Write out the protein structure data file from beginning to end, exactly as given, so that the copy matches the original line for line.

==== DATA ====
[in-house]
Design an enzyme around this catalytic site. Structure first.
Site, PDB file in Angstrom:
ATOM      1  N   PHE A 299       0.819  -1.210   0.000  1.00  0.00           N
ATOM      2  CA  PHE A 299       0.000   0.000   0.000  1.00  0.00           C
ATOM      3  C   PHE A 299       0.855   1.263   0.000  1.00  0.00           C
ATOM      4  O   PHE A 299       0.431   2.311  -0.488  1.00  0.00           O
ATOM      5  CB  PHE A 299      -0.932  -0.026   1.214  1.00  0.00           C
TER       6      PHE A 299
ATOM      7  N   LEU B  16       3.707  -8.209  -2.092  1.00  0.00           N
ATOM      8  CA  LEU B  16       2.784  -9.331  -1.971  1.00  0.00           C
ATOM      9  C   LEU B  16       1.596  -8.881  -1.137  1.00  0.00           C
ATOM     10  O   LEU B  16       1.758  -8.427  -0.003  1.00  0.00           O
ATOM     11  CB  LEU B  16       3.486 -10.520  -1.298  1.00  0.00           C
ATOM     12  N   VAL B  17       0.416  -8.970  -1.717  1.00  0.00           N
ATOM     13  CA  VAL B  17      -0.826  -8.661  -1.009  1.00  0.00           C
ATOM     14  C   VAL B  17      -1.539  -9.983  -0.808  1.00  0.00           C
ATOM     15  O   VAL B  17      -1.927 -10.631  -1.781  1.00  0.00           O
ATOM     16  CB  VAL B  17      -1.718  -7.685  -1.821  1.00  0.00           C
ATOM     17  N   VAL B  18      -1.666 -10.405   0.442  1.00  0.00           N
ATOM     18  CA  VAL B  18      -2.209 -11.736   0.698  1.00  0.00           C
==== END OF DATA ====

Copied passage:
[in-house]
Design an enzyme around this catalytic site. Structure first.
Site, PDB file in Angstrom:
ATOM      1  N   PHE A 299       0.819  -1.210   0.000  1.00  0.00           N
ATOM      2  CA  PHE A 299       0.000   0.000   0.000  1.00  0.00           C
ATOM      3  C   PHE A 299       0.855   1.263   0.000  1.00  0.00           C
ATOM      4  O   PHE A 299       0.431   2.311  -0.488  1.00  0.00           O
ATOM      5  CB  PHE A 299      -0.932  -0.026   1.214  1.00  0.00           C
TER       6      PHE A 299
ATOM      7  N   LEU B  16       3.707  -8.209  -2.092  1.00  0.00           N
ATOM      8  CA  LEU B  16       2.784  -9.331  -1.971  1.00  0.00           C
ATOM      9  C   LEU B  16       1.596  -8.881  -1.137  1.00  0.00           C
ATOM     10  O   LEU B  16       1.758  -8.427  -0.003  1.00  0.00           O
ATOM     11  CB  LEU B  16       3.486 -10.520  -1.298  1.00  0.00           C
ATOM     12  N   VAL B  17       0.416  -8.970  -1.717  1.00  0.00           N
ATOM     13  CA  VAL B  17      -0.826  -8.661  -1.009  1.00  0.00           C
ATOM     14  C   VAL B  17      -1.539  -9.983  -0.808  1.00  0.00           C
ATOM     15  O   VAL B  17      -1.927 -10.631  -1.781  1.00  0.00           O
ATOM     16  CB  VAL B  17      -1.718  -7.685  -1.821  1.00  0.00           C
ATOM     17  N   VAL B  18      -1.666 -10.405   0.442  1.00  0.00           N
ATOM     18  CA  VAL B  18      -2.209 -11.736   0.698  1.00  0.00           C